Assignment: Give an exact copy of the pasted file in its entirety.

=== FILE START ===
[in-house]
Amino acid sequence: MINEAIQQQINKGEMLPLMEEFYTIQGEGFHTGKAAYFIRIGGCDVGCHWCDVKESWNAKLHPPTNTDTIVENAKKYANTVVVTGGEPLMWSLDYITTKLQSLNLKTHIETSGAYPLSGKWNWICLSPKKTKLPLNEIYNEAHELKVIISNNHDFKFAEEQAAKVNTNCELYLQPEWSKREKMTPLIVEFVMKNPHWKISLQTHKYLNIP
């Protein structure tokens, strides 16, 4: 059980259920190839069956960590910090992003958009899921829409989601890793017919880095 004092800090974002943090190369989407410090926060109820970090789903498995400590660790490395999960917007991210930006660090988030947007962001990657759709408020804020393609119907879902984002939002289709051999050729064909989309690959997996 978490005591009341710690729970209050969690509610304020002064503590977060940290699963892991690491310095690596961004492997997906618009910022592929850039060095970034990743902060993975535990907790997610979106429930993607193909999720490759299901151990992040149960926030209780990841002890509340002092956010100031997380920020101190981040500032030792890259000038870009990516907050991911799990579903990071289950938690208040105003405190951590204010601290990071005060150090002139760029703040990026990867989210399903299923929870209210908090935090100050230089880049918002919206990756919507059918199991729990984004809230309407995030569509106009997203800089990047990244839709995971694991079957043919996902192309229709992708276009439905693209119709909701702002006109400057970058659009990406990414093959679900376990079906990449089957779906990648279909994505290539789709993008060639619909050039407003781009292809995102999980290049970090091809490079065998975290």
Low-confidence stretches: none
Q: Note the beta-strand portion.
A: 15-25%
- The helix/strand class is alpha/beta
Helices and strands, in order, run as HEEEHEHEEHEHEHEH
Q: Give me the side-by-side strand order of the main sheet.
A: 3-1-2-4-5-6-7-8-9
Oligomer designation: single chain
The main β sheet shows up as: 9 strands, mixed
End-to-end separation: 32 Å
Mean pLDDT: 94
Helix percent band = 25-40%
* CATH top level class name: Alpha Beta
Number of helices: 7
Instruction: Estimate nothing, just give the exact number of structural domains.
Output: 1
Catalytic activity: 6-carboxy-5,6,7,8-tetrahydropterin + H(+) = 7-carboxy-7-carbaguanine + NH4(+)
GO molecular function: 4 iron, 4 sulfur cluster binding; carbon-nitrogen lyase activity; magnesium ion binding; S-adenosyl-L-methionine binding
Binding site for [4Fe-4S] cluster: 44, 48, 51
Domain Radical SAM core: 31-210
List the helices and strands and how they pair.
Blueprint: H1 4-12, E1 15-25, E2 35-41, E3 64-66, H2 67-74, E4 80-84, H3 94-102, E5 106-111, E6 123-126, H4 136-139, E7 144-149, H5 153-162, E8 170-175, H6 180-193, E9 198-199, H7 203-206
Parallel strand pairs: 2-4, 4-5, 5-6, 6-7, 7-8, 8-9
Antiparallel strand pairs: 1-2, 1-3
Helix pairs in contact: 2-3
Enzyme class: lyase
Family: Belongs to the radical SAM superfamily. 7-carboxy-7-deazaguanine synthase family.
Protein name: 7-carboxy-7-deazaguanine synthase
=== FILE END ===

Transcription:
[in-house]
Amino acid sequence: MINEAIQQQINKGEMLPLMEEFYTIQGEGFHTGKAAYFIRIGGCDVGCHWCDVKESWNAKLHPPTNTDTIVENAKKYANTVVVTGGEPLMWSLDYITTKLQSLNLKTHIETSGAYPLSGKWNWICLSPKKTKLPLNEIYNEAHELKVIISNNHDFKFAEEQAAKVNTNCELYLQPEWSKREKMTPLIVEFVMKNPHWKISLQTHKYLNIP
């Protein structure tokens, strides 16, 4: 059980259920190839069956960590910090992003958009899921829409989601890793017919880095 004092800090974002943090190369989407410090926060109820970090789903498995400590660790490395999960917007991210930006660090988030947007962001990657759709408020804020393609119907879902984002939002289709051999050729064909989309690959997996 978490005591009341710690729970209050969690509610304020002064503590977060940290699963892991690491310095690596961004492997997906618009910022592929850039060095970034990743902060993975535990907790997610979106429930993607193909999720490759299901151990992040149960926030209780990841002890509340002092956010100031997380920020101190981040500032030792890259000038870009990516907050991911799990579903990071289950938690208040105003405190951590204010601290990071005060150090002139760029703040990026990867989210399903299923929870209210908090935090100050230089880049918002919206990756919507059918199991729990984004809230309407995030569509106009997203800089990047990244839709995971694991079957043919996902192309229709992708276009439905693209119709909701702002006109400057970058659009990406990414093959679900376990079906990449089957779906990648279909994505290539789709993008060639619909050039407003781009292809995102999980290049970090091809490079065998975290």
Low-confidence stretches: none
Q: Note the beta-strand portion.
A: 15-25%
- The helix/strand class is alpha/beta
Helices and strands, in order, run as HEEEHEHEEHEHEHEH
Q: Give me the side-by-side strand order of the main sheet.
A: 3-1-2-4-5-6-7-8-9
Oligomer designation: single chain
The main β sheet shows up as: 9 strands, mixed
End-to-end separation: 32 Å
Mean pLDDT: 94
Helix percent band = 25-40%
* CATH top level class name: Alpha Beta
Number of helices: 7
Instruction: Estimate nothing, just give the exact number of structural domains.
Output: 1
Catalytic activity: 6-carboxy-5,6,7,8-tetrahydropterin + H(+) = 7-carboxy-7-carbaguanine + NH4(+)
GO molecular function: 4 iron, 4 sulfur cluster binding; carbon-nitrogen lyase activity; magnesium ion binding; S-adenosyl-L-methionine binding
Binding site for [4Fe-4S] cluster: 44, 48, 51
Domain Radical SAM core: 31-210
List the helices and strands and how they pair.
Blueprint: H1 4-12, E1 15-25, E2 35-41, E3 64-66, H2 67-74, E4 80-84, H3 94-102, E5 106-111, E6 123-126, H4 136-139, E7 144-149, H5 153-162, E8 170-175, H6 180-193, E9 198-199, H7 203-206
Parallel strand pairs: 2-4, 4-5, 5-6, 6-7, 7-8, 8-9
Antiparallel strand pairs: 1-2, 1-3
Helix pairs in contact: 2-3
Enzyme class: lyase
Family: Belongs to the radical SAM superfamily. 7-carboxy-7-deazaguanine synthase family.
Protein name: 7-carboxy-7-deazaguanine synthase